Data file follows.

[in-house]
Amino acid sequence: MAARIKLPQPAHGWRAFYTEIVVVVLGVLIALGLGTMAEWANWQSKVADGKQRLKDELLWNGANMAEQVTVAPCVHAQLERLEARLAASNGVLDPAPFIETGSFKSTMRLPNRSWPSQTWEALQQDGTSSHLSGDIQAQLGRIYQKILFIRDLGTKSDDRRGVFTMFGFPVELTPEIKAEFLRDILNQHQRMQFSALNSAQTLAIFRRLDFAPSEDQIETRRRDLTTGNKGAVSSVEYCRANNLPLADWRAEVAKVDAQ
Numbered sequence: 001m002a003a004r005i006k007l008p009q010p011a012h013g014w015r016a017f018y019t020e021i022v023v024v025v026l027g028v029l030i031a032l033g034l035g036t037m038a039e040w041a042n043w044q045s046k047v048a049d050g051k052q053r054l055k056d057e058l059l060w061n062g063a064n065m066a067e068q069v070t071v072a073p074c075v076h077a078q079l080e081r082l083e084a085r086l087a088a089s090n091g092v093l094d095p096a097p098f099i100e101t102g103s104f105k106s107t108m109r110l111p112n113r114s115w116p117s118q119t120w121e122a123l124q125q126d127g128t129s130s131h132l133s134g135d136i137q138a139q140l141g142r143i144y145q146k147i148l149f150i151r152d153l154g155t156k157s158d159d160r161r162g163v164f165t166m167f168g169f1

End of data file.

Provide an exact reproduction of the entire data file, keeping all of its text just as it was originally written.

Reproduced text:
[in-house]
Amino acid sequence: MAARIKLPQPAHGWRAFYTEIVVVVLGVLIALGLGTMAEWANWQSKVADGKQRLKDELLWNGANMAEQVTVAPCVHAQLERLEARLAASNGVLDPAPFIETGSFKSTMRLPNRSWPSQTWEALQQDGTSSHLSGDIQAQLGRIYQKILFIRDLGTKSDDRRGVFTMFGFPVELTPEIKAEFLRDILNQHQRMQFSALNSAQTLAIFRRLDFAPSEDQIETRRRDLTTGNKGAVSSVEYCRANNLPLADWRAEVAKVDAQ
Numbered sequence: 001m002a003a004r005i006k007l008p009q010p011a012h013g014w015r016a017f018y019t020e021i022v023v024v025v026l027g028v029l030i031a032l033g034l035g036t037m038a039e040w041a042n043w044q045s046k047v048a049d050g051k052q053r054l055k056d057e058l059l060w061n062g063a064n065m066a067e068q069v070t071v072a073p074c075v076h077a078q079l080e081r082l083e084a085r086l087a088a089s090n091g092v093l094d095p096a097p098f099i100e101t102g103s104f105k106s107t108m109r110l111p112n113r114s115w116p117s118q119t120w121e122a123l124q125q126d127g128t129s130s131h132l133s134g135d136i137q138a139q140l141g142r143i144y145q146k147i148l149f150i151r152d153l154g155t156k157s158d159d160r161r162g163v164f165t166m167f168g169f1